Digging beyond the obvious

Angie asked:

What is digging beyond the obvious? I need further explanation on
this matter. Thanks.

Answer by Helier Robinson

The obvious is not necessarily true. For example, if you have a prejudice then you unconsciously remember all the evidence in favour of it and forget all the evidence against it, thereby making the prejudice obviously true. Thus to a fundamentalist Christian it is obvious that everything in the Bible is true, hence the theory of evolution is obviously false. Or you might be thinking stereo-typically: you might have met a redhead who was terrifying, so that it is obvious that all redheads are evil. Or you might be superstitious, so that it is obvious that crossing your fingers and touching wood avert bad luck. As well, what we call common sense is obviously true but was sometimes wrong in the past: it used to be a matter of common sense that the Earth was flat and at the centre of the Universe, and that human beings were specially created; who is to say for sure that all present day common sense is true? Furthermore, there is a peculiar feature about belief: every belief carries a piggy-back belief, to the effect that the belief it rides is true, and this makes the belief obviously true. You may have noticed that while most other people have beliefs that you are sure are false, your own beliefs are all obviously true.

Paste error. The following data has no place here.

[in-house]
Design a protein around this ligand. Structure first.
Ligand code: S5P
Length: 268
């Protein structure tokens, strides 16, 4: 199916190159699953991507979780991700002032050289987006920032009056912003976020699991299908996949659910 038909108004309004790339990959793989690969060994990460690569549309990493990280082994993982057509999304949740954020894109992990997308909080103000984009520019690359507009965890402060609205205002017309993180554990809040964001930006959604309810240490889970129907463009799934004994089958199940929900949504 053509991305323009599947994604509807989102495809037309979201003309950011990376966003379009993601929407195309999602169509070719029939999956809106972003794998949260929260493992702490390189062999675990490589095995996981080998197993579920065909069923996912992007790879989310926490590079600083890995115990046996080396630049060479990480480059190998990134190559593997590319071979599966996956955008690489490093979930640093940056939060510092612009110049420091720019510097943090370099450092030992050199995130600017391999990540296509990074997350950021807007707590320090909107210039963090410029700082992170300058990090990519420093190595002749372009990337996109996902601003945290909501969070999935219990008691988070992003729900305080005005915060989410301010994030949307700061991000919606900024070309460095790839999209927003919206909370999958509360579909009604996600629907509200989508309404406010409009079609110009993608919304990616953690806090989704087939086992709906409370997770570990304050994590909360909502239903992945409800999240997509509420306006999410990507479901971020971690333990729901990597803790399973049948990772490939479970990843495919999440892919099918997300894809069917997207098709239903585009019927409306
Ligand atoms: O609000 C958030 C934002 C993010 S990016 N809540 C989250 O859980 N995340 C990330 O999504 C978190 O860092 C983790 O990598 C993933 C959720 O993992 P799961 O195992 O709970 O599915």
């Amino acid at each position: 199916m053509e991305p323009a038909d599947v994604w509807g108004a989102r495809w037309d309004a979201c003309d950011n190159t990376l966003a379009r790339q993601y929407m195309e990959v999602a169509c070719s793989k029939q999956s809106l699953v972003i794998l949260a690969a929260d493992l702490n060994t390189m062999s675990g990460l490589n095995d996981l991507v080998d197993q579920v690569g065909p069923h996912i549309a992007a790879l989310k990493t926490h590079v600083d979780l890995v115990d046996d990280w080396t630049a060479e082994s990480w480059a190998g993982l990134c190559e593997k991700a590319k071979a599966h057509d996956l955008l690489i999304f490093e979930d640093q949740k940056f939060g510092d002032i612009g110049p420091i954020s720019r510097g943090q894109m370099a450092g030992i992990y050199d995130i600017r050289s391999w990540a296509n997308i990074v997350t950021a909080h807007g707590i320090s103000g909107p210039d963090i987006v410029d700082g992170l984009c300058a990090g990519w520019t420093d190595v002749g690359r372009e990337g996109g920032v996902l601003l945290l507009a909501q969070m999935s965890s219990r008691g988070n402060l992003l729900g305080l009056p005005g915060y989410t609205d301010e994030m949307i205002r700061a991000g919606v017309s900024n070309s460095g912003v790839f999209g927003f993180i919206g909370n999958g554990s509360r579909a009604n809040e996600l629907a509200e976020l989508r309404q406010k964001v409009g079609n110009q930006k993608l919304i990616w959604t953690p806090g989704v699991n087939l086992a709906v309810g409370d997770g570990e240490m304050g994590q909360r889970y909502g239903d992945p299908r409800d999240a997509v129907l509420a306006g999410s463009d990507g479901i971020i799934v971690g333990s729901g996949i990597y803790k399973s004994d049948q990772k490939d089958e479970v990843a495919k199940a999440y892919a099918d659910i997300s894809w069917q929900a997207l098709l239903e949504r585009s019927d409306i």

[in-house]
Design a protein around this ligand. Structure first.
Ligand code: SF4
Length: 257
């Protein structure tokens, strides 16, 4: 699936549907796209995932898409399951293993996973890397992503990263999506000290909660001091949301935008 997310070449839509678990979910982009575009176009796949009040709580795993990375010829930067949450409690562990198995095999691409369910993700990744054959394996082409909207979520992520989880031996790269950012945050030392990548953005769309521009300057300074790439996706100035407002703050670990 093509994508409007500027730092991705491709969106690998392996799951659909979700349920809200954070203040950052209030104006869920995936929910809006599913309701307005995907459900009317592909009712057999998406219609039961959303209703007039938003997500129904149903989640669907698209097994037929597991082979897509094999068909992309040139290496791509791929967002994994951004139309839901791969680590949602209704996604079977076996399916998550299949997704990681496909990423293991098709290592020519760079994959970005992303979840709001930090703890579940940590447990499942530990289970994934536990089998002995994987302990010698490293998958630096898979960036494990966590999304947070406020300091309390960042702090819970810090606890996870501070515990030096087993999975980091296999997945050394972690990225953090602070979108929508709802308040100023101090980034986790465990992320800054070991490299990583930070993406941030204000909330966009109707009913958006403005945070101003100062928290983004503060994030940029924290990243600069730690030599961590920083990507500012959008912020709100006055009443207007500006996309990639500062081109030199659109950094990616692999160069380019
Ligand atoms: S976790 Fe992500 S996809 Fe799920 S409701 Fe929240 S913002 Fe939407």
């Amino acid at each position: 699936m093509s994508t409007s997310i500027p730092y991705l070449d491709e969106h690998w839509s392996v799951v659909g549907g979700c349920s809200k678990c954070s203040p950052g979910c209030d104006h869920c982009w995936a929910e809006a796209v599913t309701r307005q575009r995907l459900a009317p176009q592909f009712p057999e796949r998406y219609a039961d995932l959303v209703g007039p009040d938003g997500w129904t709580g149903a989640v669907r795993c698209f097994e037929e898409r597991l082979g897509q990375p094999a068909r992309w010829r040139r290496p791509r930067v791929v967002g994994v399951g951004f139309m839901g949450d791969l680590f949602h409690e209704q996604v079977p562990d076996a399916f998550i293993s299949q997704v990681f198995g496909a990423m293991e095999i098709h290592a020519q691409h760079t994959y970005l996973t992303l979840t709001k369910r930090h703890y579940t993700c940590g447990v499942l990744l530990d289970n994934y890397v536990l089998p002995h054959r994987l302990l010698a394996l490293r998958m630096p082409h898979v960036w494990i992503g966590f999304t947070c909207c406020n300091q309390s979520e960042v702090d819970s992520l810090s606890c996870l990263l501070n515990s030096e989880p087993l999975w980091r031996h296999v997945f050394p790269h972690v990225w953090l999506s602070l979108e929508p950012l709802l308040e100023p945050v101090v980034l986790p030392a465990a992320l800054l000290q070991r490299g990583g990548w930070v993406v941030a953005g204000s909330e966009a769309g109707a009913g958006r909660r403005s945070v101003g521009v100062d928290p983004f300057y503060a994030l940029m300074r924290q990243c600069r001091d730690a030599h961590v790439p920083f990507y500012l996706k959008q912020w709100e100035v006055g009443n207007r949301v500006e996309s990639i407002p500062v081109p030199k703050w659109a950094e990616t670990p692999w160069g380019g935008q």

Digging beyond the obvious is what people do if they are really interested in finding the truth, and do not know if what is obvious to them is true or not. The most successful way to find truth is to study science; the next most successful way is to philosophise, or if this is too difficult, to study philosophy. Not easy, but sometimes very exciting.

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